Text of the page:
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Force_Majeure

Force's New FreeTrack Setup

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Hello geeys,

 

A while ago I posted pictures of my WIP FreeTrack project. This weekend, I finished the project, which will become my "Generation 4" FreeTrack setup. The biggest upgrade from Generation 3 to 4 is a completely wireless setup with on-off switch and overall stability of the frame. I can't tell you how annoying it has been for the past 4+ years using FreeTrack to have cables coming from your head. Everytime you get up you have to take your setup off. In addition, on my older setups sometimes the frame dimensions would change due to a non-rigid design.

 

Construction Notes:

 

All internal wiring is housed in the white frame tubes. Used a very strong bond material, sort of like apoxy, to glue to "T" frame in place. I touched the joint up with some paint for cosmetic purposes. I used a cheap 2x AA battery holder with on/off switch for easy function. Used some rigid plastic tubing for the frame and a larger tube to house the wiring and resistors on the side of the battery holder. Frame is glued onto the battery holder. A large paper clip (i'm not kidding) holds the battery holder, and hence the entire assembly, to the hat. I kept some wires outside of the assembly towards the back in case I need to go back in and replace an LED.

 

Specs and Features:

 

2.4V power supply (2x1.2V AA batteries, rechargeable)

Parallel circuitry

3x 27 Ohm Resistors, 1 resistor on three + wires leading to power source.

 

Light weight

Entire assembly can be removed from hat intact and placed on another hat in less than 20 seconds, completely modular.

Much better cosmetic presentation

 

For reference from left to right, Generation 1, Generation 2&3, Generation 4:

 

photo1-3_zps3973e776.jpg

 

photo-1_zps9896f7aa.jpg

 

image1_zps5c2c1d7d.jpeg

 

image2_zps6d8c6e84.jpeg

 

image_zps3a3fcd0c.jpeg

 

If you have any questions about FreeTrack, please let me know.

 

Force

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To be honest the whole project could be completed in about 2 hours, though it took me about two afternoons to complete due to schoolwork. After acquiring all the necessary materials, it's relatively fast if you know what your doing. Programming, on the other hand, probably takes roughly 1.5 hours to make sure your profile is comfortable. As with any headtracking device, tampering with your profile will be something you do forever.

 

1) Construct the frame and glue it on. The apoxy-like material I used needed about 15 minutes to cure and of course I painted the joint, in total I had to probably wait about 30 minutes to let everything dry.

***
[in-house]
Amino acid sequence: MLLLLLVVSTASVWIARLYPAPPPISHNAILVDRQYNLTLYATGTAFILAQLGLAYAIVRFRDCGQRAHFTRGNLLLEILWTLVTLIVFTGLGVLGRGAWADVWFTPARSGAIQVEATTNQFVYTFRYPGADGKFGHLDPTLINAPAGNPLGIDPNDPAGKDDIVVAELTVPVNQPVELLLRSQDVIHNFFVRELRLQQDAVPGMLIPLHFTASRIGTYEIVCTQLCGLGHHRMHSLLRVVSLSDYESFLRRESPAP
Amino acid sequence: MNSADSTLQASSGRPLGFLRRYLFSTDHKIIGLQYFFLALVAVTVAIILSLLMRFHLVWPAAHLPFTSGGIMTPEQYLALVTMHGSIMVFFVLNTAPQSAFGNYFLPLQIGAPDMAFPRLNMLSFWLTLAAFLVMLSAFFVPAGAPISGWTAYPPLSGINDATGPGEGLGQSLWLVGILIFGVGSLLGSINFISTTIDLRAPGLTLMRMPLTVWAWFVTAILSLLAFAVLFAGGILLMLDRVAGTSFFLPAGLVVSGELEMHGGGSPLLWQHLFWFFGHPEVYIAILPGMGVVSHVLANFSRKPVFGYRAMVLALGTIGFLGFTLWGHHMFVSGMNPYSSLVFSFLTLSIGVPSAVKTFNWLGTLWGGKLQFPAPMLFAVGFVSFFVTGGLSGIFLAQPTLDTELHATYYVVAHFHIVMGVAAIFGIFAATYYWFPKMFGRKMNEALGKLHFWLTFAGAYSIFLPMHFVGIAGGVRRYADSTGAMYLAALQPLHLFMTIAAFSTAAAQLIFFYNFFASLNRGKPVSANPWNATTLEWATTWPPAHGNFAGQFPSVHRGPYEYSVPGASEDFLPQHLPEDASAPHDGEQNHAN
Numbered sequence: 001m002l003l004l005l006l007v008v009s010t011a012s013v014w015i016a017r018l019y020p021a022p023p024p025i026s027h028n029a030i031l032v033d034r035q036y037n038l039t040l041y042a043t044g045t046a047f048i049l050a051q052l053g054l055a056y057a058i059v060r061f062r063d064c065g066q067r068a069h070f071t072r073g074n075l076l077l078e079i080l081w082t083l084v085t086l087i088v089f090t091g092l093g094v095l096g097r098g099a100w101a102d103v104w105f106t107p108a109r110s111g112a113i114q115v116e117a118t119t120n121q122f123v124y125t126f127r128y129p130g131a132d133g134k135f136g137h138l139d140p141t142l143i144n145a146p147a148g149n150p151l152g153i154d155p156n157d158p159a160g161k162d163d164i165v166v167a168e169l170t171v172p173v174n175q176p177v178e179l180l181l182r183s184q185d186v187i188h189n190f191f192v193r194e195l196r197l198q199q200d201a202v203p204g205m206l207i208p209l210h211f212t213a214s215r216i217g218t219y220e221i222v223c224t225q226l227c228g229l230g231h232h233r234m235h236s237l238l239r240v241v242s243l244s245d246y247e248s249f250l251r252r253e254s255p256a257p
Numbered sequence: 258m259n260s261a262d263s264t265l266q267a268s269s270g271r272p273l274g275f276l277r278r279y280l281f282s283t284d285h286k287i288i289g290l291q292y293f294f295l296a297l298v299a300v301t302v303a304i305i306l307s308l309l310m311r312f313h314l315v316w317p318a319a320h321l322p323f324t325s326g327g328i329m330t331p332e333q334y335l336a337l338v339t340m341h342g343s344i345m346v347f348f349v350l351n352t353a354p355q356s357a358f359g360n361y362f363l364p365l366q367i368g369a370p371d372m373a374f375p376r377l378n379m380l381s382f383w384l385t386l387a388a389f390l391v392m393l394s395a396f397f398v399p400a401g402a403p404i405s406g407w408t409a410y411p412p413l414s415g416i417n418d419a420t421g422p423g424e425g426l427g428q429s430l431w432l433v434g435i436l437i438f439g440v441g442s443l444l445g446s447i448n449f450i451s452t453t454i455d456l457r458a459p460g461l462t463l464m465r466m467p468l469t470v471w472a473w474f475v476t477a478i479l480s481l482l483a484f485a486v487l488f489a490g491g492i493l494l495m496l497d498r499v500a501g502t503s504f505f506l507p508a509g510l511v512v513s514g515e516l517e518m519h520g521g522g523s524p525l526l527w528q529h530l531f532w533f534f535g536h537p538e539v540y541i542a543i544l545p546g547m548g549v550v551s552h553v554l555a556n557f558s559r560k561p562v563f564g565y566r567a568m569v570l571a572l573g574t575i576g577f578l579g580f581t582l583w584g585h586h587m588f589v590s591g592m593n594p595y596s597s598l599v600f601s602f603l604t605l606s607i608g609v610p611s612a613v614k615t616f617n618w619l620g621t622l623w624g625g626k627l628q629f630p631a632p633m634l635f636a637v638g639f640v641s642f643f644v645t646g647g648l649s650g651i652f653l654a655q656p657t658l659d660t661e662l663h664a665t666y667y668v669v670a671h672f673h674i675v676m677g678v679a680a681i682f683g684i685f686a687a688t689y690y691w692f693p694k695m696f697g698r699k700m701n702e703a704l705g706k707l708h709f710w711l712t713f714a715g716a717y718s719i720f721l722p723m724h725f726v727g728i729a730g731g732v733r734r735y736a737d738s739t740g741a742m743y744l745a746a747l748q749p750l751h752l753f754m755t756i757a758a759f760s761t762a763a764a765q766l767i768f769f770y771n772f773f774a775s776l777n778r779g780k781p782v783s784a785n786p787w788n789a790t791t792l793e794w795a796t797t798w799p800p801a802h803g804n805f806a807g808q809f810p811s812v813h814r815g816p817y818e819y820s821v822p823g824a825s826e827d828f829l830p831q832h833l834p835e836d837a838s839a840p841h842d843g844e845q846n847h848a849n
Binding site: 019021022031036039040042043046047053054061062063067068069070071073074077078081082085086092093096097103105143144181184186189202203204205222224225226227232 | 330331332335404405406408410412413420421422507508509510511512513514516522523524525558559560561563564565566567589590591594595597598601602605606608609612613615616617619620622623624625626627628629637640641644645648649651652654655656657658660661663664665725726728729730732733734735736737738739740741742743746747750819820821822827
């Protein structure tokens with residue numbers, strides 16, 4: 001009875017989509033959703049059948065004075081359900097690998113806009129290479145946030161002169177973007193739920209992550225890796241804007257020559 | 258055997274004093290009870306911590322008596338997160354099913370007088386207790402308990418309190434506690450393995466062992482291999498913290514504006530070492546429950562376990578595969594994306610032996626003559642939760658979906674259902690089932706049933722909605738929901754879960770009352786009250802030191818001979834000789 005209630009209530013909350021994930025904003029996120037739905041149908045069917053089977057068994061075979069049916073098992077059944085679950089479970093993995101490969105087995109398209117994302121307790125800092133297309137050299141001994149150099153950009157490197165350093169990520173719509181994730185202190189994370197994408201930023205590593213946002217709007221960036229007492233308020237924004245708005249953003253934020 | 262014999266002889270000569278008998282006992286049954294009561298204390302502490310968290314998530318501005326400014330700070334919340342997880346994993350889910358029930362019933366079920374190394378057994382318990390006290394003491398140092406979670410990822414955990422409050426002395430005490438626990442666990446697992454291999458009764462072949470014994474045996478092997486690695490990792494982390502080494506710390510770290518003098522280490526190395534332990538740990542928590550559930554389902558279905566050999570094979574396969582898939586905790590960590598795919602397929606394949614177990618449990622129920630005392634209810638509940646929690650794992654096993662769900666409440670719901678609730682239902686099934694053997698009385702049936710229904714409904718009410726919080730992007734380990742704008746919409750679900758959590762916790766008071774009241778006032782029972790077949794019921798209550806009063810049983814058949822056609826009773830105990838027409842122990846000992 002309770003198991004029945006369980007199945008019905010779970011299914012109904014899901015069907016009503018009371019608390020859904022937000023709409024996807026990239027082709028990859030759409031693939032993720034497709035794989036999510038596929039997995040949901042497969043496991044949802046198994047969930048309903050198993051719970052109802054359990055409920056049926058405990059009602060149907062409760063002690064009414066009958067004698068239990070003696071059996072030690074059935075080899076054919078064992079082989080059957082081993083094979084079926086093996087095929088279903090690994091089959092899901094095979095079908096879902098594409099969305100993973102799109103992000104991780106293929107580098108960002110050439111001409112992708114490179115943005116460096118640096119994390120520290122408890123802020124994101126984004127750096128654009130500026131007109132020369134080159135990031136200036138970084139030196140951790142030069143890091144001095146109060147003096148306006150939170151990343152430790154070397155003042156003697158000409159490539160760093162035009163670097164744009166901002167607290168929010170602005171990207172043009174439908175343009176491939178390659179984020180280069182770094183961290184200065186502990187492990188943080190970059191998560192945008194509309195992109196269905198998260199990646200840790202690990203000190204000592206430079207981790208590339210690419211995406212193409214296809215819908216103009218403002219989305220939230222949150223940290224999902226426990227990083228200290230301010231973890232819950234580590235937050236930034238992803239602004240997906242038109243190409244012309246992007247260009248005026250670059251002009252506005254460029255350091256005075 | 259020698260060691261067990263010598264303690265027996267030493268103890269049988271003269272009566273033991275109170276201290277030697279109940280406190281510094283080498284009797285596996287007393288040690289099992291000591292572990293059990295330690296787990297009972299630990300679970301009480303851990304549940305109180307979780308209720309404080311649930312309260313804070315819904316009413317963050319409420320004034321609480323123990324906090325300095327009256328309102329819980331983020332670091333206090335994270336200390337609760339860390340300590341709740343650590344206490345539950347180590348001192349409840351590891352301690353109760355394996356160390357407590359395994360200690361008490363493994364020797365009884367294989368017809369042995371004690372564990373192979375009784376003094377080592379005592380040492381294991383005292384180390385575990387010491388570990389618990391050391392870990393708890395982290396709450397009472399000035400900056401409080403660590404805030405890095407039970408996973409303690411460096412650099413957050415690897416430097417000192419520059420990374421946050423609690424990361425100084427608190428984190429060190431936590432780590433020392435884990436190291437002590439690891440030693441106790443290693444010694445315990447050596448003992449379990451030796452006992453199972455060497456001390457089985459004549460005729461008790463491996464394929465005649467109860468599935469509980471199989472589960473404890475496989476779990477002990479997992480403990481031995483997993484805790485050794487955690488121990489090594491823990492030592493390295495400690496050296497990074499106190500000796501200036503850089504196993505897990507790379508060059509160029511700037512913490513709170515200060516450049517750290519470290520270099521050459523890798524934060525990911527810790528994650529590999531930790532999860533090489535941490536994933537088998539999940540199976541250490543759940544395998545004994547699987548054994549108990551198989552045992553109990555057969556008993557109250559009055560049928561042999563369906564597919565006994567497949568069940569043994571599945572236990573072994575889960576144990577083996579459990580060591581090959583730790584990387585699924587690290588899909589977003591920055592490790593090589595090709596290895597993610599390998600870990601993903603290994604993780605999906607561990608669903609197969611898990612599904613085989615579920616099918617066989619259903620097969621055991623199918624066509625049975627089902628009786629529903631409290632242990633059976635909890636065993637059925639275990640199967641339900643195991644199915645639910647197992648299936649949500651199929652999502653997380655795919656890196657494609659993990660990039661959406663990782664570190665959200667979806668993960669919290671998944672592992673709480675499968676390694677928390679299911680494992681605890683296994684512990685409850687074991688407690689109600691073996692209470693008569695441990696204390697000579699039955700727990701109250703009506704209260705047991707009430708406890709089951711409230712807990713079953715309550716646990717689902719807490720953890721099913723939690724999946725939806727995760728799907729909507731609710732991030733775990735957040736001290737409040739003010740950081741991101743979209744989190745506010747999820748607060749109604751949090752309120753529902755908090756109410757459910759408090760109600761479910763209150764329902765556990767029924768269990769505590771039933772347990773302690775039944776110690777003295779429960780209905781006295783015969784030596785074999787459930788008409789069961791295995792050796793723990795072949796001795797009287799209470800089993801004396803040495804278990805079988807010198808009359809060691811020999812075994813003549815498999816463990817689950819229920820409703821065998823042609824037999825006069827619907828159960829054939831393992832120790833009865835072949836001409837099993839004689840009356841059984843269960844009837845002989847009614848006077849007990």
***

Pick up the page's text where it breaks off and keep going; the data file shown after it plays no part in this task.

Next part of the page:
2) Run the wiring through the frame and solder them to the LED's. Be sure to keep track of what is positive and negative so you don't make any mistakes.

 

3) Pick either the positive or negative wires to solder 27 Ohm resistors (varies depending on power supply), and in turn connect the three resistors to a single point. Do the same for the other polarity but without the resistors. Simply solder the two polarities, positive and negative, to their respective wires on the power supply (red is positive, black is negative).

 

4) I stuffed the wiring into a large plastic tube on the side of the power supply to make the model look better. It also allows me to resolder the joints in case an LED fails.

 

5) Snap the model on your hat and your good to go.

 

Force

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Sweet.

Been thinking about FreeTrack for a while (especially/particularly for flying helo). Maybe I'll be one of your first guinea pigs!

^5

 

p.s. just remembered what's been stopping me: prepping the web cam. gotta remove the IR film/filter from the lens, yaa? I've got a coupla old cams ... not sure if that's dead easy or a show-stopper.

Edited by Dawks

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The single best camera for Freetrack out there is PS 3 Eye webcam, which is also thankfully pretty cheap. It's the only camera on the market that has 120 FPS which is very important for Freetrack (makes it more smooth and precise). Below you can find tutorial videos on how to prepare the cam by removing the IR filter from inside:

 

 

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I personally would recommend the Microsoft VX-3000. I have been using it for 5 years now with no problems, it has stable 30 FPS, and is easy to remove.

 

Force